These principles follow a wave of recent child-oriented standards published by European data protection authorities, including (among others) the UK ICO’s Age Appropriate Design Code (see our blog posts here and here), the Irish DPC’s Fundamentals for a Child-Oriented Approach to Data Processing (see our blog posts here, here and here), and the French CNIL’s Eight Recommendations for Protecting Children Online (see our blog post here). 

Moreover, the latest draft of the EU’s Digital Services Act, which has been provisionally agreed by the European Parliament and the Council, requires providers of digital services to implement specific safeguards for protecting children.  Among other things, it requires putting in place “appropriate and proportionate measures to ensure a high level of privacy, safety, and security of minors, on their service”.  It also prohibits providers from showing targeted advertising on their platforms using personal data of individuals who they are “aware with reasonable certainty” to be minors. 

These developments demonstrate the continued focus of European lawmakers and regulators on safeguarding the interests of children, and the importance of businesses staying apprised of these evolving rules and putting in place appropriate measures to ensure compliance.  

The Covington team will keep monitoring any developments in the area of children’s privacy and is happy to assist with any inquiries on the topic.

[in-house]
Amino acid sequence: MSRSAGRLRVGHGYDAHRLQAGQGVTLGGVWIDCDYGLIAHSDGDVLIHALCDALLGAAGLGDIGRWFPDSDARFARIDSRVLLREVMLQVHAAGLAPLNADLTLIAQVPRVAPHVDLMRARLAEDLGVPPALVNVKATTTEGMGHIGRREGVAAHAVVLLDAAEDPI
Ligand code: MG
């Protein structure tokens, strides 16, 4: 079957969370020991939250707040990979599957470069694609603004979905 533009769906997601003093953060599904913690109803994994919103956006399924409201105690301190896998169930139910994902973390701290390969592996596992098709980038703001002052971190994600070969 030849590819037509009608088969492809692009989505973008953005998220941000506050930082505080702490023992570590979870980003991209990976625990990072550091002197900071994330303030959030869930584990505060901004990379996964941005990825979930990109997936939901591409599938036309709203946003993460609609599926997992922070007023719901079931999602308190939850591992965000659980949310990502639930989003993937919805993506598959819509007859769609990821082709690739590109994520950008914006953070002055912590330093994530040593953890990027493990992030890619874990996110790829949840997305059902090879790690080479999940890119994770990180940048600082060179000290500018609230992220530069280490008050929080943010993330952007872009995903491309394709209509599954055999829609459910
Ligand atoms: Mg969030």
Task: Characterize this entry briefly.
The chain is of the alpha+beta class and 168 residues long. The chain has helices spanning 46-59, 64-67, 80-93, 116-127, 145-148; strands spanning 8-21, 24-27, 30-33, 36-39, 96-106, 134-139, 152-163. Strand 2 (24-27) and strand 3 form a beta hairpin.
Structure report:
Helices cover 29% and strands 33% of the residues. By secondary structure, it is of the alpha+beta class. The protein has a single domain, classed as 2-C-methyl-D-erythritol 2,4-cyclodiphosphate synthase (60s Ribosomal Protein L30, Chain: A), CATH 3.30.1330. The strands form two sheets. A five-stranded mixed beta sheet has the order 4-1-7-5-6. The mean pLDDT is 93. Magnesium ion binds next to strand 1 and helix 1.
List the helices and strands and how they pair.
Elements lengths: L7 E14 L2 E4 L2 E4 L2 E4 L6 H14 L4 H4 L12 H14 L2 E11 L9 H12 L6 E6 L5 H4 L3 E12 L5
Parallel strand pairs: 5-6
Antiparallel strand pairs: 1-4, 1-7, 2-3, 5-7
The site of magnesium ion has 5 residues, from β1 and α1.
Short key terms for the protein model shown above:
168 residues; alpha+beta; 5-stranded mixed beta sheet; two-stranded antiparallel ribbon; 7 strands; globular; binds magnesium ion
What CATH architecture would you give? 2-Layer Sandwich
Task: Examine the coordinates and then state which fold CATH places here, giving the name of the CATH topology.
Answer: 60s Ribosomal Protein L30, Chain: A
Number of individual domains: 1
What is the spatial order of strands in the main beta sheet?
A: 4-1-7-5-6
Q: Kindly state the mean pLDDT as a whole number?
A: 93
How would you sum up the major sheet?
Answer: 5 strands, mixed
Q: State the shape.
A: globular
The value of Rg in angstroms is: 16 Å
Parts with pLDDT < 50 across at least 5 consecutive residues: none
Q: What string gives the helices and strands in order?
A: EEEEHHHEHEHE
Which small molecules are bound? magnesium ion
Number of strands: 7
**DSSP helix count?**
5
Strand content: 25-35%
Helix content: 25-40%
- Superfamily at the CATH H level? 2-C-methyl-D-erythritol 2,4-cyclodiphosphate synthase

Photo of Dan Cooper Dan Cooper

Daniel Cooper is co-chair of Covington’s Data Privacy and Cyber Security Practice, and advises clients on information technology regulatory and policy issues, particularly data protection, consumer protection, AI, and data security matters. He has over 20 years of experience in the field, representing…

Daniel Cooper is co-chair of Covington’s Data Privacy and Cyber Security Practice, and advises clients on information technology regulatory and policy issues, particularly data protection, consumer protection, AI, and data security matters. He has over 20 years of experience in the field, representing clients in regulatory proceedings before privacy authorities in Europe and counseling them on their global compliance and government affairs strategies. Dan regularly lectures on the topic, and was instrumental in drafting the privacy standards applied in professional sport.

According to Chambers UK, his “level of expertise is second to none, but it’s also equally paired with a keen understanding of our business and direction.” It was noted that “he is very good at calibrating and helping to gauge risk.”